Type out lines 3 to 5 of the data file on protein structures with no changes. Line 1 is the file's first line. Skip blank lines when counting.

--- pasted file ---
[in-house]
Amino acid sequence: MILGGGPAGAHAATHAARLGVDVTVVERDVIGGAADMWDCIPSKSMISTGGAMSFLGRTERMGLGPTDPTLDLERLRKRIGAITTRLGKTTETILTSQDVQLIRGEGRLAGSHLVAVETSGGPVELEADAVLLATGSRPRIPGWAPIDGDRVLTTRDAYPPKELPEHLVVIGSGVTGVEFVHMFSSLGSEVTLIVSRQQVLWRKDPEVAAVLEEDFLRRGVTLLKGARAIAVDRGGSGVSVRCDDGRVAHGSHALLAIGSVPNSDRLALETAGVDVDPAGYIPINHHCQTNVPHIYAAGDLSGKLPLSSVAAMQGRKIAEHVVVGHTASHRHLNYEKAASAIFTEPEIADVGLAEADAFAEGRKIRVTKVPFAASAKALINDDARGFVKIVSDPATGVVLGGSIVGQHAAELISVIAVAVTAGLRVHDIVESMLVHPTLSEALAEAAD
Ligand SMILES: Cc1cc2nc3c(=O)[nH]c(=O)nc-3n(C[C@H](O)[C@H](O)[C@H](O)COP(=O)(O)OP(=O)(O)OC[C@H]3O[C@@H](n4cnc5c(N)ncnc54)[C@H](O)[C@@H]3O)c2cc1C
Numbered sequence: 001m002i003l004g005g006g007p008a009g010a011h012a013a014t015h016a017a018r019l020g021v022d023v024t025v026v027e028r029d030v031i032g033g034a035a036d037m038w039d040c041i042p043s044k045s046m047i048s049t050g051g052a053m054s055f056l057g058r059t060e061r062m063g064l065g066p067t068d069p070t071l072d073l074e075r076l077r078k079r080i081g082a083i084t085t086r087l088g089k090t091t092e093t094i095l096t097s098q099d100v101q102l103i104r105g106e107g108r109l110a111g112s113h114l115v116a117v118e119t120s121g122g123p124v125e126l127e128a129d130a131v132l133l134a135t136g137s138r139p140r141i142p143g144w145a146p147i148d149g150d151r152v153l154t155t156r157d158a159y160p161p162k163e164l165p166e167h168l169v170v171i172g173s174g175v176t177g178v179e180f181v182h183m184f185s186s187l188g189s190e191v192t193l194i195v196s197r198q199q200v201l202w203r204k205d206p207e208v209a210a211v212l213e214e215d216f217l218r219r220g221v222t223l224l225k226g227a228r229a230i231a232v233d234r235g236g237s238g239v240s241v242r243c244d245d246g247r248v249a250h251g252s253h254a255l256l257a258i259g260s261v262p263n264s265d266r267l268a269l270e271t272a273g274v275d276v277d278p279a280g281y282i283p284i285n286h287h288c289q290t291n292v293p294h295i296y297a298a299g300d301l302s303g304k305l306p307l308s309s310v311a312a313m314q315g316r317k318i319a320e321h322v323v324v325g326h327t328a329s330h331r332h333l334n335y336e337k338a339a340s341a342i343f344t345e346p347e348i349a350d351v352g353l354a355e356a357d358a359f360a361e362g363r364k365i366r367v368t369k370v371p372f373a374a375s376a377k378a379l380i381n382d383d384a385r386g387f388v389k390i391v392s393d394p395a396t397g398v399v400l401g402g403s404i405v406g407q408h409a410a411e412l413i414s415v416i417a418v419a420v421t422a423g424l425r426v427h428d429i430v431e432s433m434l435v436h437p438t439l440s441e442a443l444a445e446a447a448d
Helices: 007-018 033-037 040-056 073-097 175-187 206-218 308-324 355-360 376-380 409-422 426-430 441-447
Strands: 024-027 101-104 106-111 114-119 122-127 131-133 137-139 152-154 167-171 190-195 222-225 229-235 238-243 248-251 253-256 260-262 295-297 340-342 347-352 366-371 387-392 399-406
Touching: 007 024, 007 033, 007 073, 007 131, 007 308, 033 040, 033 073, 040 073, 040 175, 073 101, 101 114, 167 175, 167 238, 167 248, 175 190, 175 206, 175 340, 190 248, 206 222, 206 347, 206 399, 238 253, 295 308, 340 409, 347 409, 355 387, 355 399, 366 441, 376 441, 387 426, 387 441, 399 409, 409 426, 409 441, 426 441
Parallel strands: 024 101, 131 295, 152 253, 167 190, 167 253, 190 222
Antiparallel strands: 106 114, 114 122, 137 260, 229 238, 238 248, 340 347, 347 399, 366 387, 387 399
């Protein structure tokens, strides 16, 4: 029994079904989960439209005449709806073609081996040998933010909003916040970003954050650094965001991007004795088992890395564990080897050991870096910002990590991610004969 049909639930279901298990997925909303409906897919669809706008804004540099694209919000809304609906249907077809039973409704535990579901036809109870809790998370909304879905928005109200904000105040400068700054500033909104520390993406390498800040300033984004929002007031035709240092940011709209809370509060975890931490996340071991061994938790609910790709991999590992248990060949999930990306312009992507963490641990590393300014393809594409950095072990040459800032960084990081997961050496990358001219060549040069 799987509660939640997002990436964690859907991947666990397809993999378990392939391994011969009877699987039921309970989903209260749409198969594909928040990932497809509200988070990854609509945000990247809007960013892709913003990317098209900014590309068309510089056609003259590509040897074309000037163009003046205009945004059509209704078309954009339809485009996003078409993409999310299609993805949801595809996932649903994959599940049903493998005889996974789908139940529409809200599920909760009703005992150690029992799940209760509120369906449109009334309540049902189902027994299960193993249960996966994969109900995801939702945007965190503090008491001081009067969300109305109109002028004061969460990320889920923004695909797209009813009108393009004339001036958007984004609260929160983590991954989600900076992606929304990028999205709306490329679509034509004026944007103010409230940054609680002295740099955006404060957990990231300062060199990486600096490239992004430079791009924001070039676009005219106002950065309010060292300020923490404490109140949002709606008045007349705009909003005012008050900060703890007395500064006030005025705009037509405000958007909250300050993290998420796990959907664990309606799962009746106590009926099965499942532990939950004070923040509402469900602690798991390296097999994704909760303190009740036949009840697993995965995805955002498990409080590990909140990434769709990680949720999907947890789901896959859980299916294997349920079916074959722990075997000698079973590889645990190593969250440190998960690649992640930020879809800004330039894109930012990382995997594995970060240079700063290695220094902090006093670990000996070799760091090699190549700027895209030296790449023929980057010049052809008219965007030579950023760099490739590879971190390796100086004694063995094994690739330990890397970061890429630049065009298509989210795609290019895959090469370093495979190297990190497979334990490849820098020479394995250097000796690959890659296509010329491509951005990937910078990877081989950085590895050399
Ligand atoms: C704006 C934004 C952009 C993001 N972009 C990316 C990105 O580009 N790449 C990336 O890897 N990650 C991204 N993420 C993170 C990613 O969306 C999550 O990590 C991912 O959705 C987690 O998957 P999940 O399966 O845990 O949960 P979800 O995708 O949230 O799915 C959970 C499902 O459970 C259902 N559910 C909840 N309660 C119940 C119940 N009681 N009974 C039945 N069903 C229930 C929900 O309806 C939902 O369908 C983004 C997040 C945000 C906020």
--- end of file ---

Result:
Ligand SMILES: Cc1cc2nc3c(=O)[nH]c(=O)nc-3n(C[C@H](O)[C@H](O)[C@H](O)COP(=O)(O)OP(=O)(O)OC[C@H]3O[C@@H](n4cnc5c(N)ncnc54)[C@H](O)[C@@H]3O)c2cc1C
Numbered sequence: 001m002i003l004g005g006g007p008a009g010a011h012a013a014t015h016a017a018r019l020g021v022d023v024t025v026v027e028r029d030v031i032g033g034a035a036d037m038w039d040c041i042p043s044k045s046m047i048s049t050g051g052a053m054s055f056l057g058r059t060e061r062m063g064l065g066p067t068d069p070t071l072d073l074e075r076l077r078k079r080i081g082a083i084t085t086r087l088g089k090t091t092e093t094i095l096t097s098q099d100v101q102l103i104r105g106e107g108r109l110a111g112s113h114l115v116a117v118e119t120s121g122g123p124v125e126l127e128a129d130a131v132l133l134a135t136g137s138r139p140r141i142p143g144w145a146p147i148d149g150d151r152v153l154t155t156r157d158a159y160p161p162k163e164l165p166e167h168l169v170v171i172g173s174g175v176t177g178v179e180f181v182h183m184f185s186s187l188g189s190e191v192t193l194i195v196s197r198q199q200v201l202w203r204k205d206p207e208v209a210a211v212l213e214e215d216f217l218r219r220g221v222t223l224l225k226g227a228r229a230i231a232v233d234r235g236g237s238g239v240s241v242r243c244d245d246g247r248v249a250h251g252s253h254a255l256l257a258i259g260s261v262p263n264s265d266r267l268a269l270e271t272a273g274v275d276v277d278p279a280g281y282i283p284i285n286h287h288c289q290t291n292v293p294h295i296y297a298a299g300d301l302s303g304k305l306p307l308s309s310v311a312a313m314q315g316r317k318i319a320e321h322v323v324v325g326h327t328a329s330h331r332h333l334n335y336e337k338a339a340s341a342i343f344t345e346p347e348i349a350d351v352g353l354a355e356a357d358a359f360a361e362g363r364k365i366r367v368t369k370v371p372f373a374a375s376a377k378a379l380i381n382d383d384a385r386g387f388v389k390i391v392s393d394p395a396t397g398v399v400l401g402g403s404i405v406g407q408h409a410a411e412l413i414s415v416i417a418v419a420v421t422a423g424l425r426v427h428d429i430v431e432s433m434l435v436h437p438t439l440s441e442a443l444a445e446a447a448d
Helices: 007-018 033-037 040-056 073-097 175-187 206-218 308-324 355-360 376-380 409-422 426-430 441-447